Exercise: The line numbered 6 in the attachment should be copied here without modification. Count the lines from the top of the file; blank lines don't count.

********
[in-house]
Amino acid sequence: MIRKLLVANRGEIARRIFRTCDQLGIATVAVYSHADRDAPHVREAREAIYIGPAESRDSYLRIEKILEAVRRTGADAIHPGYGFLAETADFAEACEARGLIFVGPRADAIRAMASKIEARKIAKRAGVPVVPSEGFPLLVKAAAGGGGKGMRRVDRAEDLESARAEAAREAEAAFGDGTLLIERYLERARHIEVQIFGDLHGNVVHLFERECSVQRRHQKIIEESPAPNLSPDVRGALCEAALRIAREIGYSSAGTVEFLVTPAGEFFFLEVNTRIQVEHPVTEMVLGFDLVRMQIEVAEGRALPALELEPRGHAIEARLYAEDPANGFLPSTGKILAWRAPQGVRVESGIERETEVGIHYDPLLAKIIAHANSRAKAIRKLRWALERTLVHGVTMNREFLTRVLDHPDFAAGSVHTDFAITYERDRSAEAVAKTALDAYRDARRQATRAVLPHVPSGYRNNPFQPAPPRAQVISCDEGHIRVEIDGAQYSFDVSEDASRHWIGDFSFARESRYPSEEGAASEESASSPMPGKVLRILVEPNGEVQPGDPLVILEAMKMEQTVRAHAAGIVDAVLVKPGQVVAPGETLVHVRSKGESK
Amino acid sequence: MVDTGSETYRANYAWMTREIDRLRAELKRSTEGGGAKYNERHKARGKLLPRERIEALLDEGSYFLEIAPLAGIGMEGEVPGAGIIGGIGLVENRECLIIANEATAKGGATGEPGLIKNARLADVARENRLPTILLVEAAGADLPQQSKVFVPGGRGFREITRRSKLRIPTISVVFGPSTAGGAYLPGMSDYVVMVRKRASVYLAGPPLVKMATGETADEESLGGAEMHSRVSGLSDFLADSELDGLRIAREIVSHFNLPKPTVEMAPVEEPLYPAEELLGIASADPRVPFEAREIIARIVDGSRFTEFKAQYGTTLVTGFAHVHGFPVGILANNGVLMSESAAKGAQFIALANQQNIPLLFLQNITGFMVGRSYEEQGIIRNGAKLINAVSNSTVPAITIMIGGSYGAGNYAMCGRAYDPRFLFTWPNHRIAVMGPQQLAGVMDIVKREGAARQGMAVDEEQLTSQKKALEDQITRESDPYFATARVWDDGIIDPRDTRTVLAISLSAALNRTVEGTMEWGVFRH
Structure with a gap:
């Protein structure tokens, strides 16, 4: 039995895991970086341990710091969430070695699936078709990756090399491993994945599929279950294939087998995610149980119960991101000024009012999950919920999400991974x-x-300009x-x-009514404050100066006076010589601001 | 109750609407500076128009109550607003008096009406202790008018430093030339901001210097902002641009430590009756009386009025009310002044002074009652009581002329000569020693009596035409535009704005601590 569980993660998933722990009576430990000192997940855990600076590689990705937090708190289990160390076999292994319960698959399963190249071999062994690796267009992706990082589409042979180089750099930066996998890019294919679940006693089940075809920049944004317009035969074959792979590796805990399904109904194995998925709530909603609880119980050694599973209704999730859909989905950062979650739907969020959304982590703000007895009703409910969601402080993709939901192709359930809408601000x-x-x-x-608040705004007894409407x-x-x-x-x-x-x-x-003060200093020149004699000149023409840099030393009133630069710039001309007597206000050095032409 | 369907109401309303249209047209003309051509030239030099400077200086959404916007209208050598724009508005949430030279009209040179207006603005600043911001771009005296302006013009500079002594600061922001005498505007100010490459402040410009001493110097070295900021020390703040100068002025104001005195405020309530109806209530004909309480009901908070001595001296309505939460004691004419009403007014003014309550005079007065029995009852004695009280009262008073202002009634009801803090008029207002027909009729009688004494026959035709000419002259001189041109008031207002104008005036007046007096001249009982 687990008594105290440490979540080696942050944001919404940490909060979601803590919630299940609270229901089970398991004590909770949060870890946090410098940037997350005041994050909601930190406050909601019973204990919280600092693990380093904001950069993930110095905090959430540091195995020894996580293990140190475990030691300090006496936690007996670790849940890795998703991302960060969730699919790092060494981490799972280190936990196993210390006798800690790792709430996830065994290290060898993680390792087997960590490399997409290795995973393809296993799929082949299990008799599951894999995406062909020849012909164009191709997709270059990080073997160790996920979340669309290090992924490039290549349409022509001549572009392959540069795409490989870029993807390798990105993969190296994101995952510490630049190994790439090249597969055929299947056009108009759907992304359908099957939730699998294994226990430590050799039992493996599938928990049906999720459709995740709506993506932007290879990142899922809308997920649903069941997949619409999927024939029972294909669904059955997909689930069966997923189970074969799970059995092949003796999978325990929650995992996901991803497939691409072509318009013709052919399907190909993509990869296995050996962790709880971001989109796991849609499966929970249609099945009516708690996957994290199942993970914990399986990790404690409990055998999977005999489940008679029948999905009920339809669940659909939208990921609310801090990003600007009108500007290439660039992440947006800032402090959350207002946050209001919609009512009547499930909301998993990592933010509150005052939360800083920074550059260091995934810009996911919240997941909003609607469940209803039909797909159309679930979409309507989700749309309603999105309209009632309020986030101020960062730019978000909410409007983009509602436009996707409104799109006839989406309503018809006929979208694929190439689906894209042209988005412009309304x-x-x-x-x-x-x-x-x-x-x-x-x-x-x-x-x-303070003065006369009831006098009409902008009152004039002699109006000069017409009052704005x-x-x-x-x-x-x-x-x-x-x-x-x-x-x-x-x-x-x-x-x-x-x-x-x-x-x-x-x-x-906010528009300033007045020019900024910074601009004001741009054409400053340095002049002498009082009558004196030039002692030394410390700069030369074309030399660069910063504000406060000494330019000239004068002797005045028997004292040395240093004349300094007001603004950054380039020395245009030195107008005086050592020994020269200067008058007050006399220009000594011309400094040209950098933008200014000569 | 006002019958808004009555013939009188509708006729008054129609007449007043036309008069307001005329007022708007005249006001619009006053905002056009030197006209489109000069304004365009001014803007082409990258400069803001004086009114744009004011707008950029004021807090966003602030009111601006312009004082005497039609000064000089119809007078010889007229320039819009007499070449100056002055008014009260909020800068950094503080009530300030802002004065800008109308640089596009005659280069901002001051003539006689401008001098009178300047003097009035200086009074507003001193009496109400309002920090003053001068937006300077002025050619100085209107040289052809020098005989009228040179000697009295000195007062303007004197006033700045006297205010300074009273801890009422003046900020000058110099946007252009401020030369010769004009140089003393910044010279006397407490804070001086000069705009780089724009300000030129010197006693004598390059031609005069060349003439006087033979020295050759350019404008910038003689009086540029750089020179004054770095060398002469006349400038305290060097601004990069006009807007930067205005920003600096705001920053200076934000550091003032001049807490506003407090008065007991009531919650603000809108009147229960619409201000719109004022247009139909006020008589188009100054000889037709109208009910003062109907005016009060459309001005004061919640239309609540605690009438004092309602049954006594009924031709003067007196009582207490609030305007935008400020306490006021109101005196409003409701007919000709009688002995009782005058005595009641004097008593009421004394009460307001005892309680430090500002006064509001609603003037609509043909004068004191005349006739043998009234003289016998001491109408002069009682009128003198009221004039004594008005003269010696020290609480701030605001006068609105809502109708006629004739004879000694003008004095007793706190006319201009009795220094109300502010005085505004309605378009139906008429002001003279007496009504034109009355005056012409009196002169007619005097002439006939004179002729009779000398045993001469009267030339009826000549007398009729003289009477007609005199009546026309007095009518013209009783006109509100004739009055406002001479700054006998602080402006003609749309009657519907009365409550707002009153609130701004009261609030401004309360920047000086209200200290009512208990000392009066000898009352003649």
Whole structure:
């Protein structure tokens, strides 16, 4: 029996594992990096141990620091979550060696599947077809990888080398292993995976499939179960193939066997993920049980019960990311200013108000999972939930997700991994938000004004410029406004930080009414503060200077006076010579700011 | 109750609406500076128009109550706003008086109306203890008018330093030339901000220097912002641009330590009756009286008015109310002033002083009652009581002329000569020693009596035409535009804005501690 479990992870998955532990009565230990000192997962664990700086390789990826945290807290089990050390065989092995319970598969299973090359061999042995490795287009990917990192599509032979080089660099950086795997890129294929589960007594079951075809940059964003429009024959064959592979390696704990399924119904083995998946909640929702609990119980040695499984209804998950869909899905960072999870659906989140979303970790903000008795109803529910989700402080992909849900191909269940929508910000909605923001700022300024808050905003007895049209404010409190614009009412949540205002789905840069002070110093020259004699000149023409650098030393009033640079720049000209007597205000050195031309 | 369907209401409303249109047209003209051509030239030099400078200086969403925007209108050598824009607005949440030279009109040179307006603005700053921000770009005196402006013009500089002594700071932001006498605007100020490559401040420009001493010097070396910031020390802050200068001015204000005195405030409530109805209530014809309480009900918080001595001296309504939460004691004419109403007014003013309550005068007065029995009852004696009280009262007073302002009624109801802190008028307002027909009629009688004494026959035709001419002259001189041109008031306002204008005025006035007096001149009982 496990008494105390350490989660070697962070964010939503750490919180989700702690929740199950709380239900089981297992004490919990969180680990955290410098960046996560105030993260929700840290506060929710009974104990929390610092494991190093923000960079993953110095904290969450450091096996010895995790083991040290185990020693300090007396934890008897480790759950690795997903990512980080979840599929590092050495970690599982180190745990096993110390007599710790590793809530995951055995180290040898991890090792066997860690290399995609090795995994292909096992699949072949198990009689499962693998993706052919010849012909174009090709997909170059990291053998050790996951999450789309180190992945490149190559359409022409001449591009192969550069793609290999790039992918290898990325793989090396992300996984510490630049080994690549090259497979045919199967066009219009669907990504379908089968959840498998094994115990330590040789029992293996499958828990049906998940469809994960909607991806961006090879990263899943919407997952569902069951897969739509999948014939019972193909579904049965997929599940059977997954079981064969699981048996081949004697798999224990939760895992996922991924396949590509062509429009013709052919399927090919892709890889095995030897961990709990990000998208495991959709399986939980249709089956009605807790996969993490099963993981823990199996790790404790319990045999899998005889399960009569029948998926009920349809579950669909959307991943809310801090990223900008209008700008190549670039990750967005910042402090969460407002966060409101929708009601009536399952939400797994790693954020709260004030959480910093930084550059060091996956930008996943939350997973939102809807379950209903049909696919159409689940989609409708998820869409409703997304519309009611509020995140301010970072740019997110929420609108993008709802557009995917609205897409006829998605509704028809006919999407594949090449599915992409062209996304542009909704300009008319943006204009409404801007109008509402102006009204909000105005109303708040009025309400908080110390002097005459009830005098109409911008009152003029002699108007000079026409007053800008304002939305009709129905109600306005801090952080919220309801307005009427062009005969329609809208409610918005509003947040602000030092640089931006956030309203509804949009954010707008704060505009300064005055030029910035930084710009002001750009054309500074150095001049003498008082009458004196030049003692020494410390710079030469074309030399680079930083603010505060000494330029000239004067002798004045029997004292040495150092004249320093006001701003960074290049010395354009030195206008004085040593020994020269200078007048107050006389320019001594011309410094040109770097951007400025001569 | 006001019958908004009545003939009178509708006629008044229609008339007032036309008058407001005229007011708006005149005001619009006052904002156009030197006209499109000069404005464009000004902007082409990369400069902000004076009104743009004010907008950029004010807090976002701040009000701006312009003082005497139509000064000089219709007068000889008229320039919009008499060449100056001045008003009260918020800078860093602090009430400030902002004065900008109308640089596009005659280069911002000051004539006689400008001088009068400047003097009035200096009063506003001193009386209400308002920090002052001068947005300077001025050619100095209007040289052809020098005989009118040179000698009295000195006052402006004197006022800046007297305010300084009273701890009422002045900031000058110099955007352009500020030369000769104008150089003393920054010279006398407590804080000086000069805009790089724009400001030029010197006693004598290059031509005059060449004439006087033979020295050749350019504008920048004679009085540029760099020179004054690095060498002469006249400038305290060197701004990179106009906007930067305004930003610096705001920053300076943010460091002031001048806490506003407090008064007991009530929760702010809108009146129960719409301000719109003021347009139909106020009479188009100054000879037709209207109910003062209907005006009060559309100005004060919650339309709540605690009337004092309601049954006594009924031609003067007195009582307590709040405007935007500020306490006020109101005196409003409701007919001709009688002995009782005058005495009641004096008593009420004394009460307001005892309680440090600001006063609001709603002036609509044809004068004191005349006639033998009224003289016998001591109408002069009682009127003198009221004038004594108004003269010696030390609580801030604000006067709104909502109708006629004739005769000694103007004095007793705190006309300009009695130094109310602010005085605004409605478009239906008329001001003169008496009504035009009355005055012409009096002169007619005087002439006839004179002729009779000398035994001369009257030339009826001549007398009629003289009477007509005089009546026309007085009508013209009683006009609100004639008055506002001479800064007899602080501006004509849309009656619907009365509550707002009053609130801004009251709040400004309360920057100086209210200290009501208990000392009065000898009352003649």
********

Whole structure: